In Christ I am more than the ‘crime’ I committed at age 5.
As proud as I am of my Mexican heritage, there is only one place I can call home: the United States. I belong to the wave of immigrants who arrived in the country as children. All that remains from my early years in Mexico are a few blurry memories, drawn together from what my mother has told me.
My mother lost her first husband in a car accident in 1978. After his death, she traveled for the first time to the States to identify his body and take care of the funeral. She was left to fend for my two older siblings, mourning and under-resourced. About seven years later, she met my father, and I was born. When I was 3, he left our family to marry another woman.
Later, my mother’s love for her oldest son compelled her to travel to the States a second time. She hadn’t seen him since he moved to Orange County at age 14. When my brother learned she was going to leave me with my uncle, he insisted she bring me to keep the family together. Twenty-five years later, here I remain.
We moved into an apartment with my two uncles on Minnie Street in Santa Ana, California, once named the toughest city in the country in which to make ends meet. We faced challenging times. My mom hadn’t been allowed to attend school past the second grade, so she worked mostly babysitting jobs. She wanted to give her children what she had missed: an education. Many times I wished my father had been there to help us financially. The child support was scarcely enough to meet our needs. But more than that, I was hungry for the warmth of a loving father who would protect us and ensure my mother didn’t have to play the role of both parents.
A Profound Wound
As I entered junior high school, I excelled in math and dove into volleyball ...
We are united with a Christ who seems not to have done much of note for most of his life.
I was in youth group when I first heard that God had an extraordinary plan for my life. This plan would include seeing revival, winning converts, helping the poor, and traveling overseas to preach the gospel, dig wells, and serve orphans. I attended youth conferences like Acquire the Fire where I learned what it meant to be an “on-fire-for-God” Christian, and was then sent out to be—in the words of Delirious?—a “history maker.”
The idea that I had an incredible destiny was only reinforced by my own study of Scripture. When I read the Book of Acts for the first time as a senior in high school, I concluded that the lives and habits of the first Christians were the norm. Like Jesus, they healed the sick, raised the dead, cast out demons, opposed corrupt power structures, and preached to the masses. As Christians, our lives should take on the same quality as Jesus’ right?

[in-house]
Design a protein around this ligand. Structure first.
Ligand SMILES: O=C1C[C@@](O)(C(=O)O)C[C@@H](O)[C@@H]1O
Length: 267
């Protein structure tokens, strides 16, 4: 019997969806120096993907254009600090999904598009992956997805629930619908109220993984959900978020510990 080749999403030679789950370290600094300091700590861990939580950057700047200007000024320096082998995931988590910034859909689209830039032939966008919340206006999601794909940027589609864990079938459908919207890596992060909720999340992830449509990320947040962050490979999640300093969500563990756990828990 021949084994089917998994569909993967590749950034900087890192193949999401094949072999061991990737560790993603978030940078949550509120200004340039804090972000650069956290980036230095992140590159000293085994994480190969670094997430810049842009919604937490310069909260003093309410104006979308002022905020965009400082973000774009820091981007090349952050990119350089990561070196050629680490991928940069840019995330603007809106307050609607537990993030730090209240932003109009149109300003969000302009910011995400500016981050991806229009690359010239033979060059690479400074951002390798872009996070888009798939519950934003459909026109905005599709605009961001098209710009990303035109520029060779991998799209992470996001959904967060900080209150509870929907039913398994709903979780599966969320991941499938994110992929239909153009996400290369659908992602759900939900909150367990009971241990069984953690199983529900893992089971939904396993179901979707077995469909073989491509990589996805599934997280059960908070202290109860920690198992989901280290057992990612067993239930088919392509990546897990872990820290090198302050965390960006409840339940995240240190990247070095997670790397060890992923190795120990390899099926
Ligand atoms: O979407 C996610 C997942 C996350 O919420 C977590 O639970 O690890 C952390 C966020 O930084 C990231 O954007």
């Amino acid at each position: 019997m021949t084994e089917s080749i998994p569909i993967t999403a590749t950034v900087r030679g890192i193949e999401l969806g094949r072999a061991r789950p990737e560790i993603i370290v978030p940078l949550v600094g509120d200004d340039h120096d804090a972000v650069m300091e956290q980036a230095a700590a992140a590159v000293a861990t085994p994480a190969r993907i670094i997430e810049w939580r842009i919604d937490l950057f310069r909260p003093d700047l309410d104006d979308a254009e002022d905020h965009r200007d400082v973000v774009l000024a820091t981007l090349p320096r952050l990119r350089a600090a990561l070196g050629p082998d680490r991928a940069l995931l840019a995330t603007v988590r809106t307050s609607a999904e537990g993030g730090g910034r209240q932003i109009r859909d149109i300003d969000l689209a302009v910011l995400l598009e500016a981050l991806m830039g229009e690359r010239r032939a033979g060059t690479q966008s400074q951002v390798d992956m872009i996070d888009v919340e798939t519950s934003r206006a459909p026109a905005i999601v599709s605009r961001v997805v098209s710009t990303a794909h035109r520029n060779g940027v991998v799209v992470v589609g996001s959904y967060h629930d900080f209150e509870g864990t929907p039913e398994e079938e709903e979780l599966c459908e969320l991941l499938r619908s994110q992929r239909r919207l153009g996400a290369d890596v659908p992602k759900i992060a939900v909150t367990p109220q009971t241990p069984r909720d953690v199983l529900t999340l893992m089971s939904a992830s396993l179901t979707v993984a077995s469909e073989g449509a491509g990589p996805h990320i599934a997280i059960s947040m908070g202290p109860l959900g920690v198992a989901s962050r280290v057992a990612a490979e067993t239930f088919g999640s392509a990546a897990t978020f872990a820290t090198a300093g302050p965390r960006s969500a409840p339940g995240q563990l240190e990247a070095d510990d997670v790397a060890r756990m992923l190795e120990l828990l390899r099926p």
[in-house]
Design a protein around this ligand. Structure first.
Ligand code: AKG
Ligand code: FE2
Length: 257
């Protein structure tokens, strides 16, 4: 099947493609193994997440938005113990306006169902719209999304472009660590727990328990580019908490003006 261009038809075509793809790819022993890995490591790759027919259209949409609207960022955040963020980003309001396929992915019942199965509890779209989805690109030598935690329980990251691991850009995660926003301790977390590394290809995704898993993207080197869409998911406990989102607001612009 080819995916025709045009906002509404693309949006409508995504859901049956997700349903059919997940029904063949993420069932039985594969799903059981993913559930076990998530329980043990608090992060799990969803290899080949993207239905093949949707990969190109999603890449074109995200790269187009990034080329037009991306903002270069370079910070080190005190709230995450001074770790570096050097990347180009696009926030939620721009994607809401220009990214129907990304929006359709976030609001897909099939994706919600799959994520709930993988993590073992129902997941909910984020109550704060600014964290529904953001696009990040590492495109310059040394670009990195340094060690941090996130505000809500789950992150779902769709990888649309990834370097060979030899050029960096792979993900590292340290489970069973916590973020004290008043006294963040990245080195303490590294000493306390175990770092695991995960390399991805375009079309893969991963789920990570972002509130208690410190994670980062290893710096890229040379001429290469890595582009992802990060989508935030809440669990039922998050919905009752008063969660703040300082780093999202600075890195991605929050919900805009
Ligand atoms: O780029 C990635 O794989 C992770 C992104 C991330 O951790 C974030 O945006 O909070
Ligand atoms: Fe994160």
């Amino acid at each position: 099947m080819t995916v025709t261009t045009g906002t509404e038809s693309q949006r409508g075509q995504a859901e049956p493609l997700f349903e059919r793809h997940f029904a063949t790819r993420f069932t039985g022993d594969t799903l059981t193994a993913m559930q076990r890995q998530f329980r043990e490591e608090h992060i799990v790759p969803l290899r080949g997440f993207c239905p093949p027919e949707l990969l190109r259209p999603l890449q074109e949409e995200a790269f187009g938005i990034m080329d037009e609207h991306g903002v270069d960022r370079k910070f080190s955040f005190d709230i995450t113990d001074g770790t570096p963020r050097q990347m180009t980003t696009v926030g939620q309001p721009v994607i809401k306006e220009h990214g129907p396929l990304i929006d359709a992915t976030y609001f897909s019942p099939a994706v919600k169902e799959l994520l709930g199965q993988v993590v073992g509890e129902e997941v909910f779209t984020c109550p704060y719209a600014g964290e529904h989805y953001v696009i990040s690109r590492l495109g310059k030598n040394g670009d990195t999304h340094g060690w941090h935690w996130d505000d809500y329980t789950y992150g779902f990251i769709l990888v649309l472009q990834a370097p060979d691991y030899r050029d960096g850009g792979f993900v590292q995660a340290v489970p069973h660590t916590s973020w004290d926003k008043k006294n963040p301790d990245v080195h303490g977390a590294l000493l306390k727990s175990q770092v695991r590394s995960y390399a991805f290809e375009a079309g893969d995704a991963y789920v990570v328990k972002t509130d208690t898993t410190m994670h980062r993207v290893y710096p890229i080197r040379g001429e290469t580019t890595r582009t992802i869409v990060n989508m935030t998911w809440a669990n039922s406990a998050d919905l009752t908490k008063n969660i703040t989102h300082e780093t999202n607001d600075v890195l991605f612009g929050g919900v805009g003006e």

Right. But could it be that the Jesus of the Bible, the Jesus of history, is less extraordinary than the Jesus of Christian conferences and our guilty consciences?
About a year ago, in the CT cover story “Here Come the Radicals,” Matthew Lee Anderson explored “radical” Christianity books from David Platt, Francis Chan, Shane Claiborne, and Kyle Idleman. Radicals, he noted, aim to understand what Jesus really meant in his teachings, what “radical abandonment to Jesus really looks like,” and “what it really means to follow Jesus.” For them, the “real” Christian life is radically abnormal.
Right now we’re in the middle of a backlash, with critics asking if radical Christianity is realistic or even sustainable. Instead of Radical, Greater, Weird, ...
Outside Insight: Some say it’s the new norm. Others don’t consider it biblical.
As Mark Driscoll leaves Mars Hill Church, one question may continue: Will the Seattle megachurch’s governance help or hurt as it moves forward?
Current and former pastors levied charges against Driscoll this summer, including verbal abuse and lying about manipulating a bestseller list.
Driscoll took an “extended focused break” in August after the Acts 29 church planting network removed him from membership. “We no longer believe [Mars Hill’s board] is able to execute the plan of reconciliation” with critics, wrote president Matt Chandler. Days later, speaker Paul Tripp explained he had resigned from Mars Hill’s Board of Advisors and Accountability (BOAA) because it was an “inadequate replacement for a biblically functioning internal elder board that is the way God designed his church to be led.”
Mars Hill leadership had comprised 24 elders (mostly church staff and members). In 2007, the structure became the seven-member BOAA: Driscoll, two other executive pastors, and four independent members. Mars Hill explained it was seeking greater objectivity in the board. After Tripp and another independent member (Chicago megachurch pastor James MacDonald) resigned this summer, Mars Hill replaced them with two Seattle businessmen who are members, and created an additional elder board involving seven lead pastors.
A deeper question raised by the Mars Hill saga asks if nondenominational churches can better govern their congregation and disciple their pastors with elders drawn from within the church body, or if they should seek outside expertise.
The external accountability board is increasingly prevalent, said Scott Thumma, a megachurch researcher at Hartford Seminary. ...